Take a look at some older versions of the scanner camera...

The camera I'm using right now is merely the latest model... I've built about ten different versions over the past few years. Here are a few examples of scanner cameras I've built, or helped others to build.

It is possible to make a primitive scanner camera out of almost anything - an aspect of the project that proves very useful for teaching purposes. With a roll of gaffer tape, some empty cardboard tubes, and cheap plastic lenses from the pound store, I was able to teach a group of photography students from the University of Brighton the basics of scanner photography for next to no cost. While these 'super-simple' scanner cameras had some severe limitations (a small viewing area, fixed focus, poor depth of field, and the limitations caused by the use of an unmodified scanner), they proved to be both valuable tools for explaining and exploring the principles of scanner photography, and also usable and interesting cameras in their own right.

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A construction diagram for a primitive scanner camera. Sorry about the JPEG artifacts...

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An image taken using one of these primitive scanner cameras. These crude scanner images have a certain charm that comes from their primitive construction, and they show the fundamental principles of scanner distortion. This photograph was taken by Reanna Walker, a student of mine from the University of Brighton, as part of a class project.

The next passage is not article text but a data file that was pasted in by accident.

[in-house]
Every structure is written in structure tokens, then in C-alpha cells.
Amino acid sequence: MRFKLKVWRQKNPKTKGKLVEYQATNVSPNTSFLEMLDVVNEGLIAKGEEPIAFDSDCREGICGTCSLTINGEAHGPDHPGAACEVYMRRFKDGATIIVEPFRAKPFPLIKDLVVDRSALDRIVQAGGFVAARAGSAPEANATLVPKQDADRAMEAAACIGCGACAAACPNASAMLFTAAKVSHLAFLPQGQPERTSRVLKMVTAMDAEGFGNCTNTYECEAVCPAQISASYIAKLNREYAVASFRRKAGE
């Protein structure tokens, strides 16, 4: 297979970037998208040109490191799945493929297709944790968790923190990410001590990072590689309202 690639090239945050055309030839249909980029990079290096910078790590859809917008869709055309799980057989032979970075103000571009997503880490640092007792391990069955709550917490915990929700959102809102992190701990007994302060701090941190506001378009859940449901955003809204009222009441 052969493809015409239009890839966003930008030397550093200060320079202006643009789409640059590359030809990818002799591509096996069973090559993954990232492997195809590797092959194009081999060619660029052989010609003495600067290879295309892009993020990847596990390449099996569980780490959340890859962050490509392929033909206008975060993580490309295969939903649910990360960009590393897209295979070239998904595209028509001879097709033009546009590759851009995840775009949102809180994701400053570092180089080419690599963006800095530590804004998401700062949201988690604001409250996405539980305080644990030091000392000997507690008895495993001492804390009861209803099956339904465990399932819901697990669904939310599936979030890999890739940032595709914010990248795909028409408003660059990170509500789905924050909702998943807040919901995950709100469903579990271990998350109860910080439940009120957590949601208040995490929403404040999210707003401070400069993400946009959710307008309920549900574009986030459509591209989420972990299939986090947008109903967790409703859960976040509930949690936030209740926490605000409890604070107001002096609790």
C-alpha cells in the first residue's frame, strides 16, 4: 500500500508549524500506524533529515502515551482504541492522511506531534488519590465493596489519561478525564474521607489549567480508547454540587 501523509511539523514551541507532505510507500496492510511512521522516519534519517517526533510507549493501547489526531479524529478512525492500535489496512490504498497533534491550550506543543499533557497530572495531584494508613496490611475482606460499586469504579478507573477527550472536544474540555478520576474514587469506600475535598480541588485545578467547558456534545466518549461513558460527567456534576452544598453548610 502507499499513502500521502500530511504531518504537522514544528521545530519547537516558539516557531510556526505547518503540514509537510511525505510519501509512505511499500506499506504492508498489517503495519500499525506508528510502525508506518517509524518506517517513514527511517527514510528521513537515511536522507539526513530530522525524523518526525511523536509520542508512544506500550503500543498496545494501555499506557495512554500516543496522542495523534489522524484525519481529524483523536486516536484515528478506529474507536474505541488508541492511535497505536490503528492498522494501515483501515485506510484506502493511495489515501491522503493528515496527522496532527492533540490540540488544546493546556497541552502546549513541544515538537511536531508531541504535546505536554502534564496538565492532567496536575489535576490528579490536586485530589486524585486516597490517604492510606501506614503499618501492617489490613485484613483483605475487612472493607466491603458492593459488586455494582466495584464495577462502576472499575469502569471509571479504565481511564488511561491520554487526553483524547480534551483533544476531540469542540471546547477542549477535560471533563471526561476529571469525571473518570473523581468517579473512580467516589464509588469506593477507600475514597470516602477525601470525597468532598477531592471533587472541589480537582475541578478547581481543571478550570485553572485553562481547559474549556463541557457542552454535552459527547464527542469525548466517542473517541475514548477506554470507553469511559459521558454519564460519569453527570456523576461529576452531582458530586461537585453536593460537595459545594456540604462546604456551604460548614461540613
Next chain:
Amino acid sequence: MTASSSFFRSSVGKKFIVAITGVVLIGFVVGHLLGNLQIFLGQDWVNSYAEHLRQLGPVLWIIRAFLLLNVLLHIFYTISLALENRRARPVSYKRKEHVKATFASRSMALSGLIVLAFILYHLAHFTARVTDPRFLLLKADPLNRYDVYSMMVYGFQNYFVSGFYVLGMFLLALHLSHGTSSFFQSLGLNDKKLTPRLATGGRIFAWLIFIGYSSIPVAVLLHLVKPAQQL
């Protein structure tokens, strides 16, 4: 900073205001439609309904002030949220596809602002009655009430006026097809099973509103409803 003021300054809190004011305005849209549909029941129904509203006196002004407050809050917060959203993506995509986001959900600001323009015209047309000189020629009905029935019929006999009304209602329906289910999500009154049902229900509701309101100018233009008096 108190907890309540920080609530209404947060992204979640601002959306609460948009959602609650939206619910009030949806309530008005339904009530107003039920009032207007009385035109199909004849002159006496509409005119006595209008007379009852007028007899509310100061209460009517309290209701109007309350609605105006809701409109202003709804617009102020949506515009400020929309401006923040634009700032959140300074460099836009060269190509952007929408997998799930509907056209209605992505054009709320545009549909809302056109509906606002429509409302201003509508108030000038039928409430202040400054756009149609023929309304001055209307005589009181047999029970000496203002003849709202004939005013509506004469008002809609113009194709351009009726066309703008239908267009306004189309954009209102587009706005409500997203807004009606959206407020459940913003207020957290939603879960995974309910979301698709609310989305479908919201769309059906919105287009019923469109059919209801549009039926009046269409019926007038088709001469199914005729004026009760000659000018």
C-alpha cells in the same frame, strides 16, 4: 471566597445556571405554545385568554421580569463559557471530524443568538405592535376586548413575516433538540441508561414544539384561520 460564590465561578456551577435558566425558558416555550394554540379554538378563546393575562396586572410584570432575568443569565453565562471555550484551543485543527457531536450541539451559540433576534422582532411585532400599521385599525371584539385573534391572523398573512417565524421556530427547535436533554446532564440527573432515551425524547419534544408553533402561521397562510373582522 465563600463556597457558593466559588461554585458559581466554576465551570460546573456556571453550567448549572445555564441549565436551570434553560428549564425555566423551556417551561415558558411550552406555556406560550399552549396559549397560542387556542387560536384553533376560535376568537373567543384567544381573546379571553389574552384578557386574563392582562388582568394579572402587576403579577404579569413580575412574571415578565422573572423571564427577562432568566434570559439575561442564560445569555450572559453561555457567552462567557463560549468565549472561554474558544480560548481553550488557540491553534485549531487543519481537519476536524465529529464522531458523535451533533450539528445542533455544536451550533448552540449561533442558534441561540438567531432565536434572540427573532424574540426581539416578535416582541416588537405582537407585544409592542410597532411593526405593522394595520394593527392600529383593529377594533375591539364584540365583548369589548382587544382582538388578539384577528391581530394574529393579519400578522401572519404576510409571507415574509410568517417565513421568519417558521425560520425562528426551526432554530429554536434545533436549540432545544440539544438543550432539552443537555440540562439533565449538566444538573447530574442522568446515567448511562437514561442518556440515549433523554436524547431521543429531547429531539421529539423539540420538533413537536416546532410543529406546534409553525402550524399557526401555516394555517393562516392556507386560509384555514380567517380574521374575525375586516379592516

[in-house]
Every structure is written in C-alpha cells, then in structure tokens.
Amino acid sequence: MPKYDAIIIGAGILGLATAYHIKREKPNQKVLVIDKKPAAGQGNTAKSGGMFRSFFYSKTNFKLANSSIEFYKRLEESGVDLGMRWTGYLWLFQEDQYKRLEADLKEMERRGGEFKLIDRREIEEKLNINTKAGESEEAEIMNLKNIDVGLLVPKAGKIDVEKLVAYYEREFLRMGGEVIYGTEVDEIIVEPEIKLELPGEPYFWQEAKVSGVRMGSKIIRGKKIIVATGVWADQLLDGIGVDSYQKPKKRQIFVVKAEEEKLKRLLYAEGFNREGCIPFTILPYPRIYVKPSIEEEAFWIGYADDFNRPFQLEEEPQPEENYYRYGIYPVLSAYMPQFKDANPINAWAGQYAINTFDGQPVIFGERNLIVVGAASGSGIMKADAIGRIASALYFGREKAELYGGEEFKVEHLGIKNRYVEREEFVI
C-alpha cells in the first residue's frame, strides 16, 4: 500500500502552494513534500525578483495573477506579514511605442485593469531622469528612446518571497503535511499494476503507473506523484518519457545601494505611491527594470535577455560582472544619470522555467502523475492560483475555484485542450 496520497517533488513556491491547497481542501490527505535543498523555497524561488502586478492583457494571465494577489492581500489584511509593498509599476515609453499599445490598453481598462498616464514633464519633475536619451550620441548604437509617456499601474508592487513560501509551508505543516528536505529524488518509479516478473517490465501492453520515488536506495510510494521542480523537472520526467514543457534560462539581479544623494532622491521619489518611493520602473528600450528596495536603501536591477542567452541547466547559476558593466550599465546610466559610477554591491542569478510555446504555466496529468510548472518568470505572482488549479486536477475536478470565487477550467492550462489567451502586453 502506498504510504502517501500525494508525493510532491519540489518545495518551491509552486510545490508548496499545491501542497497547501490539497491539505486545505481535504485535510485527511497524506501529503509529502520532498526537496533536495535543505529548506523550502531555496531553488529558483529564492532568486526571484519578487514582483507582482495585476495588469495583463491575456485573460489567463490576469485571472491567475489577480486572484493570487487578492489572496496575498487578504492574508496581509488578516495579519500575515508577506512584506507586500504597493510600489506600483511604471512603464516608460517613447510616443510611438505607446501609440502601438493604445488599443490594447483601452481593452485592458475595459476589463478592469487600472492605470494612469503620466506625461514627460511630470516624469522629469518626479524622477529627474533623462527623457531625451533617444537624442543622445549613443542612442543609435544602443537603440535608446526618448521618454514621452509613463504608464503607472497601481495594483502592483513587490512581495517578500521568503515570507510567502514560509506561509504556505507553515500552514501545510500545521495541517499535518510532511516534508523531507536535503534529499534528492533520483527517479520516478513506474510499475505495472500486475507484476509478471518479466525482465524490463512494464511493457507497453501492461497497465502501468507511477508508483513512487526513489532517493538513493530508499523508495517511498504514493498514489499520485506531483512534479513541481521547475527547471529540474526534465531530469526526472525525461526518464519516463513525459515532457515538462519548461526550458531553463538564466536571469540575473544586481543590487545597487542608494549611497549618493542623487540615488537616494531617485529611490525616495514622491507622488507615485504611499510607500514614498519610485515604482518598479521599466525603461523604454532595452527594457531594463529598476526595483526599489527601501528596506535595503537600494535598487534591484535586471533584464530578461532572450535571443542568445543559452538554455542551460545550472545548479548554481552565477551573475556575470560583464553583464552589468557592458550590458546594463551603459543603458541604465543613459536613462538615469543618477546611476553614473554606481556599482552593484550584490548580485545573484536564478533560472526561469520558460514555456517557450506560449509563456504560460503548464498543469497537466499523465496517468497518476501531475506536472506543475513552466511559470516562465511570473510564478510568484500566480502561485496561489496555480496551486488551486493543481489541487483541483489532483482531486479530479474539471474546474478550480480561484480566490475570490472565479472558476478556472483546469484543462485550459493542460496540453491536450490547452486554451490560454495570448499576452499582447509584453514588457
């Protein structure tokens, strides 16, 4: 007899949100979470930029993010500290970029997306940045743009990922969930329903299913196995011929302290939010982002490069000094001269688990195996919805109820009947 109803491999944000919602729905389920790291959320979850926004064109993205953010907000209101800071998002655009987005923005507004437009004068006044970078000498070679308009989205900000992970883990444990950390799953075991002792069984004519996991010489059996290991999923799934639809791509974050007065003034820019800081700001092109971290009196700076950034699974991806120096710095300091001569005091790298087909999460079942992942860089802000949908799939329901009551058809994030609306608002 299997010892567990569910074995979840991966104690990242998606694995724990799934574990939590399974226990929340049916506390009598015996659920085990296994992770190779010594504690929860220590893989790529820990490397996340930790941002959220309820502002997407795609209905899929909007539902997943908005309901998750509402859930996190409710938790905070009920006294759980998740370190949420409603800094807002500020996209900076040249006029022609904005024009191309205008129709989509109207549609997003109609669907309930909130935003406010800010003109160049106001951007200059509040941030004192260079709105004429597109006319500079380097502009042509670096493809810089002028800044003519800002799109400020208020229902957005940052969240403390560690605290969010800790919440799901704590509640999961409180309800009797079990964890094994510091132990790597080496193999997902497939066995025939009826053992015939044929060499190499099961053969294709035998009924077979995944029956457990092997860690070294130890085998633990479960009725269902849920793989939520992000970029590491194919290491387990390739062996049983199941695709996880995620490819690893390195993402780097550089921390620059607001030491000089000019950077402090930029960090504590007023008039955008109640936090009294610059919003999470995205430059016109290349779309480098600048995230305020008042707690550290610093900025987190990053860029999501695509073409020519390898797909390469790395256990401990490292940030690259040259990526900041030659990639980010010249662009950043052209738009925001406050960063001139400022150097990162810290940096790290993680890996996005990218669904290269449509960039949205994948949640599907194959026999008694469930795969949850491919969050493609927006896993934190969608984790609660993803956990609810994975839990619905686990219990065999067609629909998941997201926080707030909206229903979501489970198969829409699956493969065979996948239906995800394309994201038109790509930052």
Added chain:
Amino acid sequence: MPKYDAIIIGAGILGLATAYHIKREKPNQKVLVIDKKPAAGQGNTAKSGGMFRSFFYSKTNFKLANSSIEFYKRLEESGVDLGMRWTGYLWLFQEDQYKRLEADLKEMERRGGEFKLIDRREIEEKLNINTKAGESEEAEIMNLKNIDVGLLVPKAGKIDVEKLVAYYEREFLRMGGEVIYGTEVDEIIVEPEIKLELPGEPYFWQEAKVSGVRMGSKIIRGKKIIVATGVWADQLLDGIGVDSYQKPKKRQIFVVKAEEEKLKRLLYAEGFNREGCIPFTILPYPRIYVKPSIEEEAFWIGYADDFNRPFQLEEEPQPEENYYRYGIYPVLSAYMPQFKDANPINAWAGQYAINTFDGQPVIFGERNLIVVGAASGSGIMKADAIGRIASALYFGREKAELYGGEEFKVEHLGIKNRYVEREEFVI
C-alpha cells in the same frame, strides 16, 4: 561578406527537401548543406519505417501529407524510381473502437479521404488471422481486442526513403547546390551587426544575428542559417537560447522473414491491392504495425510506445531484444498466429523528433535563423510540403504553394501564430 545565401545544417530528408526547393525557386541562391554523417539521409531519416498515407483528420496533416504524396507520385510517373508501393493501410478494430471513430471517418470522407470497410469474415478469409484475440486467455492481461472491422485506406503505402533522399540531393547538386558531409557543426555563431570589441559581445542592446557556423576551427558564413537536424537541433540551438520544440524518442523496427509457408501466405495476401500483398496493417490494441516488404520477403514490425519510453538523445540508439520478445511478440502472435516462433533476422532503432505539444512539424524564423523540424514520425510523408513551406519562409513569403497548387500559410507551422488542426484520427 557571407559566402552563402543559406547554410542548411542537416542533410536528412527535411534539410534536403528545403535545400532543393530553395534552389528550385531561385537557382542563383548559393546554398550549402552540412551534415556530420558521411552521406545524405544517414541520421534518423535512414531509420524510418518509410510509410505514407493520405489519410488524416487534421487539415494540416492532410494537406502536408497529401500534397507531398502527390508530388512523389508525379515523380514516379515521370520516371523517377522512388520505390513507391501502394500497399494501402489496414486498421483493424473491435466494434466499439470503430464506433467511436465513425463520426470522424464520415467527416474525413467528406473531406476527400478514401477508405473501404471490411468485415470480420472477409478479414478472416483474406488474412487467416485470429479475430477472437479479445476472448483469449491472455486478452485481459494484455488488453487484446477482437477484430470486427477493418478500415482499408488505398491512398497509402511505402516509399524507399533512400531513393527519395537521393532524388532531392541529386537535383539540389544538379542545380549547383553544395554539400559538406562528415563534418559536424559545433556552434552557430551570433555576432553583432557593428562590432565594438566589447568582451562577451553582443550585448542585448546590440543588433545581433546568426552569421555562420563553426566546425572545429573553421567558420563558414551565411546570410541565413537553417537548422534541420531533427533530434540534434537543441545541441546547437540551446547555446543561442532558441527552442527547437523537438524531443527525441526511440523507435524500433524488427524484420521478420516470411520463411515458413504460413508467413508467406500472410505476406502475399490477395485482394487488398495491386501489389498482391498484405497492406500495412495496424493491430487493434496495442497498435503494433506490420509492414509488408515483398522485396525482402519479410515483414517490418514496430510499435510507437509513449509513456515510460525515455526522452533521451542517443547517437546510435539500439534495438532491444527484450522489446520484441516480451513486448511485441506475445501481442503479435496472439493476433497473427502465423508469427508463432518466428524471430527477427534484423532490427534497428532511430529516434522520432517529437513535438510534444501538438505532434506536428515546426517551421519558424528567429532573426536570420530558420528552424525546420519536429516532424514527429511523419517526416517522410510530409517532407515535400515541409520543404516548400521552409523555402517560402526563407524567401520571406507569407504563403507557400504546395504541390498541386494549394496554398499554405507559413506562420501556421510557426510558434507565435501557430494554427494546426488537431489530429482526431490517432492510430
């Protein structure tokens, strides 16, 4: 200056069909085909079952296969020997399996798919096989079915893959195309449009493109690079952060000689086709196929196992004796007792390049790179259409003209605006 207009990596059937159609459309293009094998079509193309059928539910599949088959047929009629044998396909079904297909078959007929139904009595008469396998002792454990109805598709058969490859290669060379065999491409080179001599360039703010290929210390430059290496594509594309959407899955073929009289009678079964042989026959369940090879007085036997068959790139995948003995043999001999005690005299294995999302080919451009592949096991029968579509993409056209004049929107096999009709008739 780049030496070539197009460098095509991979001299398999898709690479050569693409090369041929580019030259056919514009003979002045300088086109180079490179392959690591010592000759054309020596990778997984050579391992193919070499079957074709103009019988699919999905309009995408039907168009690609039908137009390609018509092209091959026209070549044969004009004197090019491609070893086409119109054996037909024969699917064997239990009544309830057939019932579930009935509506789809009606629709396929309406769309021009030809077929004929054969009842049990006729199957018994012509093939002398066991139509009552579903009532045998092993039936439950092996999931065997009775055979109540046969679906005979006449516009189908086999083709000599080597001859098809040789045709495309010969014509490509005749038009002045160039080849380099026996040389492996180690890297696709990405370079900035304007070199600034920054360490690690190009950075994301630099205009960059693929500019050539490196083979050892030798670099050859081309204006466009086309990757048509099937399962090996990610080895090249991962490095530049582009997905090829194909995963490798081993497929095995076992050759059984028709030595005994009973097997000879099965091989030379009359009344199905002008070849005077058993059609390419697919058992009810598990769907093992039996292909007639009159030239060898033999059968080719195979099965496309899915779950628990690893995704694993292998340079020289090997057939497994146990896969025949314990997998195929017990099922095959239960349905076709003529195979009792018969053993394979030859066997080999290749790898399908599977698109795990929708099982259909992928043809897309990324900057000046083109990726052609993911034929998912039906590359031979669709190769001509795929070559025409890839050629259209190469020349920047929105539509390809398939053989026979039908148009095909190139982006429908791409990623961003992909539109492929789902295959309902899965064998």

Things from the thrift store...

As a way of improving on the results of my first primitive scanner camera frames, the redesign of existing optical devices and simple cameras proved to be extremely valuable. While large format camera frames are traditionally prohibitively expensive for the amateur photographer, there are a number of alternative sources that can provide high-quality results. The redesign and modification of devices such as magic lanterns, overhead projectors, and box model cameras of the 20's and 30's worked quite well. These hybrid digital cameras provided fairly high quality results, and were much more versatile and easy to use than the more primitive variants.

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This is part of an old magic lantern, purchased at a secondhand shop, that was eventually converted into a working scanner camera.

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The magic lantern scanner camera, after the digital conversion.

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These image was taken using the converted magic lantern.

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Box cameras, such as these, can be found at almost any secondhand shop, and can be used with almost no modification as scanner camera bodies.

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This image was taken using modified a box brownie camera and a flatbed scanner.